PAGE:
As has been explained and theorized in many a biography and obituary, the death of his brother Subroc and the shelving of their group’s sophomore record were the seeming catalytic events for his break from the limelight, then masked return to the mic and deeper dive to the nerdy and whacky ends of the CRT receiver and record (and tape) bins. He channeled that pain and left us with a blueprint of self-mythologizing to rival Sun Ra himself, with a plush collection of gems and nuggets to sort through. 

I dedicate this tribute to Mr. Dumile in his King Geedorah incarnation, and center in on his track “Fazers,” the classic intro that begins his 2003 Take Me to Your Leader. Its muddily-sampled grandeur, unmistakably DOOM-like, broadcasts the earthly arrival of a 3-headed reptile from outer space, probably materializing through a duct-taped transporter deck, with three ashed blunts for each mouth on the center console. Yet I’d be remiss to not acknowledge the irony of my preamble, in that the metal fingers apparently didn’t source or chop this song’s main loop themselves. In DOOM’s own words, apparently Geedorah’s co-producer E. Mason looped some strings in a vintage porn scene that would come to comprise the beat’s melody. Dumile-as-Geedorah then simply hit the drum pads and placed an Invasion of the Astro-Monster soundbite to herald his touchdown.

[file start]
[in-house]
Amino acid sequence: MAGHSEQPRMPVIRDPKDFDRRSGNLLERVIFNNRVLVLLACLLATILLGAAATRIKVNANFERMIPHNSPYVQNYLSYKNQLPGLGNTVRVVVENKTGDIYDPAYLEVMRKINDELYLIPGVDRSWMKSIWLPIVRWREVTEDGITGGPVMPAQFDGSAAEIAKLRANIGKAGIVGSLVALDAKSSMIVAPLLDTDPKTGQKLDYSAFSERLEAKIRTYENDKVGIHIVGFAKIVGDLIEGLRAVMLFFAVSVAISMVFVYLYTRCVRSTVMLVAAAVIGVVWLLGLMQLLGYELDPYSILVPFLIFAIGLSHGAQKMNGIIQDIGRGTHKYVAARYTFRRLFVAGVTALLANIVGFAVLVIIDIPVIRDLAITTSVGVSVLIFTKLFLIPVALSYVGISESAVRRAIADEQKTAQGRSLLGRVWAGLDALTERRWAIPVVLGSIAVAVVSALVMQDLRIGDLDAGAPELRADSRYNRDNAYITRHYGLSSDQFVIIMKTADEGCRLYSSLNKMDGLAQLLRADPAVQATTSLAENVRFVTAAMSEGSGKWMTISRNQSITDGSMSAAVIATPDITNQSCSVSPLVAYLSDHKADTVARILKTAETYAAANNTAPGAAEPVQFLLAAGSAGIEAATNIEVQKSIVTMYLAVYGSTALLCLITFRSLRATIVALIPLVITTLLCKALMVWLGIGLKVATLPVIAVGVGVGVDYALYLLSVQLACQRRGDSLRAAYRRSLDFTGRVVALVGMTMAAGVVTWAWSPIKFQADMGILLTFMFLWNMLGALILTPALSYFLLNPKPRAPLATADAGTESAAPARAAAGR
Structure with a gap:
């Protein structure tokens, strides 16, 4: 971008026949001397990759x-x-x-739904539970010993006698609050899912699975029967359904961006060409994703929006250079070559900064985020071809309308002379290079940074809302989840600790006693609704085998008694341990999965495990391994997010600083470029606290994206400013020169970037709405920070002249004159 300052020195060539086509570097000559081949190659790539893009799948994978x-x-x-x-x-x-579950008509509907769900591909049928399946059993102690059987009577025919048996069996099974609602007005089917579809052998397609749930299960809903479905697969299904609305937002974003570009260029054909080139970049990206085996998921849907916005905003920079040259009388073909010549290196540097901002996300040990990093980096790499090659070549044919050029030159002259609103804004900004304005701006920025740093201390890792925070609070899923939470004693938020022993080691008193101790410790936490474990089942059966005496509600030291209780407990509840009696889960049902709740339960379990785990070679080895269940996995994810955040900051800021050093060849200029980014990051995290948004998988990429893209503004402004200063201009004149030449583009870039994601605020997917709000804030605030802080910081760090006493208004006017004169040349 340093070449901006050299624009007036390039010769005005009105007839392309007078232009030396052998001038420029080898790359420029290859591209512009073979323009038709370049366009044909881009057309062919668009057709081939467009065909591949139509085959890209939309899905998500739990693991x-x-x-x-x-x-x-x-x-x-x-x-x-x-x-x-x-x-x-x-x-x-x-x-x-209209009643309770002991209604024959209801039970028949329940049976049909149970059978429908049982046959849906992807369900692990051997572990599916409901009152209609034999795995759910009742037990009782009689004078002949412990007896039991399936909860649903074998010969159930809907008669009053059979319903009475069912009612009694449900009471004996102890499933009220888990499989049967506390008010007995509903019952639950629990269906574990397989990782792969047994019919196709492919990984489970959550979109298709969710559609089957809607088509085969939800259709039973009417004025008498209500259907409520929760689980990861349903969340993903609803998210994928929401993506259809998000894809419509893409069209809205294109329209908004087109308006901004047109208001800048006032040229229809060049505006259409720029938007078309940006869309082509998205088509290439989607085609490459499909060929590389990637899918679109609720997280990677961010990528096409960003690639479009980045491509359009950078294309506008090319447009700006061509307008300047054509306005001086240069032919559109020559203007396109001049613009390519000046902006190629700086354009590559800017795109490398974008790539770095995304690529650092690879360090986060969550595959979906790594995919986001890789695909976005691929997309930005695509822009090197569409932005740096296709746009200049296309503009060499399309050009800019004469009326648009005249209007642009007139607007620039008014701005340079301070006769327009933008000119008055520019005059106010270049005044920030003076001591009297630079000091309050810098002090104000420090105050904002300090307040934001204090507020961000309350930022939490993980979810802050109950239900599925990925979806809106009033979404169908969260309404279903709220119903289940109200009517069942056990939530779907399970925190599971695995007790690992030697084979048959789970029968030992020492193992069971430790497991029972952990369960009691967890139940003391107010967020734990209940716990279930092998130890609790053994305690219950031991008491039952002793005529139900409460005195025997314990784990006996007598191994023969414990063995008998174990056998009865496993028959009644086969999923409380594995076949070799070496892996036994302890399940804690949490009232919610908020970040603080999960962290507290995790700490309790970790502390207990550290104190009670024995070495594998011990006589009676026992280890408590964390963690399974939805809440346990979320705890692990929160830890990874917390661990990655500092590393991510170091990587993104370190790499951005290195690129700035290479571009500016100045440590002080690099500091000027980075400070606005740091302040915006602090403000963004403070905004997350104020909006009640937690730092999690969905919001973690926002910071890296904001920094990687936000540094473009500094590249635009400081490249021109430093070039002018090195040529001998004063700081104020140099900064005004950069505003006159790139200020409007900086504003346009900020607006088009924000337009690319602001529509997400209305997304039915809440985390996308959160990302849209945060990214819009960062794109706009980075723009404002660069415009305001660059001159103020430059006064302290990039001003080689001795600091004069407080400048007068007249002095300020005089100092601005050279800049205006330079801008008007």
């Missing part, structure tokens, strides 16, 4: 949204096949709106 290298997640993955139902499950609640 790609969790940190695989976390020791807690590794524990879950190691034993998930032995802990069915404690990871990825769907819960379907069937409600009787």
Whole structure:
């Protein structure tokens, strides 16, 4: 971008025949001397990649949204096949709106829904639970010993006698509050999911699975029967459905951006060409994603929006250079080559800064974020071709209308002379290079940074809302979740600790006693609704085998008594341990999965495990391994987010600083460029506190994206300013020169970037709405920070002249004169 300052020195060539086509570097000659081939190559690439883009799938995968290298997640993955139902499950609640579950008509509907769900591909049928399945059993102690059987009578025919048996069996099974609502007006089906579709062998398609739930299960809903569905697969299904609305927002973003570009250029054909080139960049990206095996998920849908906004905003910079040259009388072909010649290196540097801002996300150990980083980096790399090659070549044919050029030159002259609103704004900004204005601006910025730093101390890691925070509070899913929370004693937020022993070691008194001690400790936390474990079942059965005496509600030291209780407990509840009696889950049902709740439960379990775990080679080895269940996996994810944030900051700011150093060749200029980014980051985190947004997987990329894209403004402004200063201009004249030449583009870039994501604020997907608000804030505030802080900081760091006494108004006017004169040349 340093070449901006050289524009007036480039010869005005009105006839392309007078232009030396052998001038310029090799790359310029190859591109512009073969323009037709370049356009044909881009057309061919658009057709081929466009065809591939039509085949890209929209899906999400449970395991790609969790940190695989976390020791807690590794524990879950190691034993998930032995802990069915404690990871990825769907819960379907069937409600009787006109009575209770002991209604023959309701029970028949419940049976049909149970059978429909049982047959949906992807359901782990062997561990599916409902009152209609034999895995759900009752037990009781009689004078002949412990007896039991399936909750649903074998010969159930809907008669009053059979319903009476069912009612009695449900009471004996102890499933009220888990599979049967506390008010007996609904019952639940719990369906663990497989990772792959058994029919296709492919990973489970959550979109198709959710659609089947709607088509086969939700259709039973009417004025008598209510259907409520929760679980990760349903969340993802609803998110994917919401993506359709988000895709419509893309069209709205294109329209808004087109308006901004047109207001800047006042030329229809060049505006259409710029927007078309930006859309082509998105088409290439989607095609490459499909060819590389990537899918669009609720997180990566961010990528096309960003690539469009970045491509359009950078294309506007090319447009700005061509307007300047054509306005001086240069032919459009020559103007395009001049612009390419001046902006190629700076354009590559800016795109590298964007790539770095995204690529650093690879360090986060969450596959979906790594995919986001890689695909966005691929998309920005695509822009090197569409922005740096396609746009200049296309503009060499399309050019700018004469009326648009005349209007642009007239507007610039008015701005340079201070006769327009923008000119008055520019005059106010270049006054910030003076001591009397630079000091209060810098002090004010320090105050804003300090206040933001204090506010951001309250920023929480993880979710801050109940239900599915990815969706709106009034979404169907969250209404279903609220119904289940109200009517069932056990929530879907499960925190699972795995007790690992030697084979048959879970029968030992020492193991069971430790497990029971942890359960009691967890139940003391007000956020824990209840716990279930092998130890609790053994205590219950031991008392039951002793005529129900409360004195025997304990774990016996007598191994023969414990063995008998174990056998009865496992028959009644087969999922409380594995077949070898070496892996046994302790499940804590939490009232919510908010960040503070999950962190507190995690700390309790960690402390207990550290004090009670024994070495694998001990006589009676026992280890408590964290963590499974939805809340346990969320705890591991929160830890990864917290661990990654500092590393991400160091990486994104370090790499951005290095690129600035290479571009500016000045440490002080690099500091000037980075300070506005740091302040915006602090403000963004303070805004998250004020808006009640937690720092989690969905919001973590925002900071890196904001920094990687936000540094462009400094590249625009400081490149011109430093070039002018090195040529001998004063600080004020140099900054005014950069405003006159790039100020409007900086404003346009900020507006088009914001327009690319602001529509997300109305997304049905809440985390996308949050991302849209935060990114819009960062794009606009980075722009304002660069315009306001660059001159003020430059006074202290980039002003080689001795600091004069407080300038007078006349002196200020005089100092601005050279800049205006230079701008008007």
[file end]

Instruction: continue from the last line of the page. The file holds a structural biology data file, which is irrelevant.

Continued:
But that purist detail doesn’t change the fact that “Fazers” is my favorite song in the DOOM universe, canon, consortium, what have you. In astrobiological terms, as Geedorah might frame it, this track exists in the circumstellar habitable zone, also known as the Goldilocks zone, the perfect orbit range around a star where liquid water can exist on the surface of a planet to support life. Rather, in this rap shit, where the beat is unshakably hot and the rhymes are continuously cold.